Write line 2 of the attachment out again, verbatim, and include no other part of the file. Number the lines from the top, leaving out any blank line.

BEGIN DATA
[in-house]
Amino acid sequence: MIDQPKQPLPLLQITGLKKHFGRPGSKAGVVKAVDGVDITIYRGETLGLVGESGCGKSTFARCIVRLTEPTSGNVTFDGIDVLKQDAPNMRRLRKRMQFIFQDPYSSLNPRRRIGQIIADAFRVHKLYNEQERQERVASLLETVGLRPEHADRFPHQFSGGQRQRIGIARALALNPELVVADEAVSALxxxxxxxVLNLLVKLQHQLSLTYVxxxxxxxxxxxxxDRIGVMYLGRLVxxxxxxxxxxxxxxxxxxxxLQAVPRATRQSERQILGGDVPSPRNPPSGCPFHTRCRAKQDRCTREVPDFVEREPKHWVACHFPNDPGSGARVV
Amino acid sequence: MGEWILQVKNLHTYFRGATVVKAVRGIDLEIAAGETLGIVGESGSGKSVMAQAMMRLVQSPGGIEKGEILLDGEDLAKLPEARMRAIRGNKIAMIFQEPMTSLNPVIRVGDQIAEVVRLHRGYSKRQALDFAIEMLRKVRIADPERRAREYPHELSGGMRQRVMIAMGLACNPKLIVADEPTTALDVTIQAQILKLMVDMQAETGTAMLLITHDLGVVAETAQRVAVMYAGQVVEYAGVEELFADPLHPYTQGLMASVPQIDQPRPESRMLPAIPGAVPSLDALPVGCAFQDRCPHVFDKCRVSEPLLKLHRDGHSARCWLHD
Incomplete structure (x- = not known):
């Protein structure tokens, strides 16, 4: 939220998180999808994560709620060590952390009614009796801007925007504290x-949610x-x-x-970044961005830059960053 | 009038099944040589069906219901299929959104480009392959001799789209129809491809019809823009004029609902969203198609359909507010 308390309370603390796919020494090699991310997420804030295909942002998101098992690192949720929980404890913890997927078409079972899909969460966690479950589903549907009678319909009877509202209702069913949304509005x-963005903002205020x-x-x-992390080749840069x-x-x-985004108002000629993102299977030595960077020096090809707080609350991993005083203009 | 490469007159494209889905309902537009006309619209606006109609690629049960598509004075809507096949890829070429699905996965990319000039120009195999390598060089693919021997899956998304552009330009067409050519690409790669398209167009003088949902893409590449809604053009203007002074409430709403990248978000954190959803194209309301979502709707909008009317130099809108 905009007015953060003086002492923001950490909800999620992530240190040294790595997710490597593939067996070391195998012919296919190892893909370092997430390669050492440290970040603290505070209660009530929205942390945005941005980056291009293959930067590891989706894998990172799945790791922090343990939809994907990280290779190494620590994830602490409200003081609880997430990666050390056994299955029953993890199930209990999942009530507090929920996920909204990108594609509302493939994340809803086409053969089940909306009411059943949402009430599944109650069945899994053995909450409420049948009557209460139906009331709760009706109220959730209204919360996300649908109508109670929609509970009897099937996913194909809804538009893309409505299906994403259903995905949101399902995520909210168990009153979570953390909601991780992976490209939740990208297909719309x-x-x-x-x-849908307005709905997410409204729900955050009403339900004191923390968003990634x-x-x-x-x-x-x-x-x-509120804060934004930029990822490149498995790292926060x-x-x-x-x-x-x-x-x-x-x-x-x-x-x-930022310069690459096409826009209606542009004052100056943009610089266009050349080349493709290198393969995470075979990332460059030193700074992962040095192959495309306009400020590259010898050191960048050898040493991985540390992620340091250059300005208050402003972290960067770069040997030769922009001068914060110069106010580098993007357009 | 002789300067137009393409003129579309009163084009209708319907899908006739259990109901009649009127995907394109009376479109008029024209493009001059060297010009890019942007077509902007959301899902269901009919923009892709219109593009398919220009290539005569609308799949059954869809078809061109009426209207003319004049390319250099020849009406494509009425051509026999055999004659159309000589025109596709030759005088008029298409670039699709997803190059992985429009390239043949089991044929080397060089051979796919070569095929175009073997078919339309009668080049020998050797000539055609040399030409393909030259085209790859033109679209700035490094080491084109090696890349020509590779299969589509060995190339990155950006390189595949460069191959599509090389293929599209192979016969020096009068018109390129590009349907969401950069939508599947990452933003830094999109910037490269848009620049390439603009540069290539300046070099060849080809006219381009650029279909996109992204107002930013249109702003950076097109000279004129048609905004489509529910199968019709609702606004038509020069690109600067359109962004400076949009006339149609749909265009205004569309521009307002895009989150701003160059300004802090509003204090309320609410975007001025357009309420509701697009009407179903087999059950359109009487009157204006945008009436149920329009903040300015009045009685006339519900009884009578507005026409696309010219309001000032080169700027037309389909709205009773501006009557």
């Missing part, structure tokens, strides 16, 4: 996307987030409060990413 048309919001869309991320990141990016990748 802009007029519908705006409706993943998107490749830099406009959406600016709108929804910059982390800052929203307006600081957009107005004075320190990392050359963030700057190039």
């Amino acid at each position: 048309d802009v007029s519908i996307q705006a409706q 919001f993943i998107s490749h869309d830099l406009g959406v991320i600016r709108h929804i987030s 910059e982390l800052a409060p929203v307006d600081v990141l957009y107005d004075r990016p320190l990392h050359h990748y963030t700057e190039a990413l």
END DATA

Amino acid sequence: MIDQPKQPLPLLQITGLKKHFGRPGSKAGVVKAVDGVDITIYRGETLGLVGESGCGKSTFARCIVRLTEPTSGNVTFDGIDVLKQDAPNMRRLRKRMQFIFQDPYSSLNPRRRIGQIIADAFRVHKLYNEQERQERVASLLETVGLRPEHADRFPHQFSGGQRQRIGIARALALNPELVVADEAVSALxxxxxxxVLNLLVKLQHQLSLTYVxxxxxxxxxxxxxDRIGVMYLGRLVxxxxxxxxxxxxxxxxxxxxLQAVPRATRQSERQILGGDVPSPRNPPSGCPFHTRCRAKQDRCTREVPDFVEREPKHWVACHFPNDPGSGARVV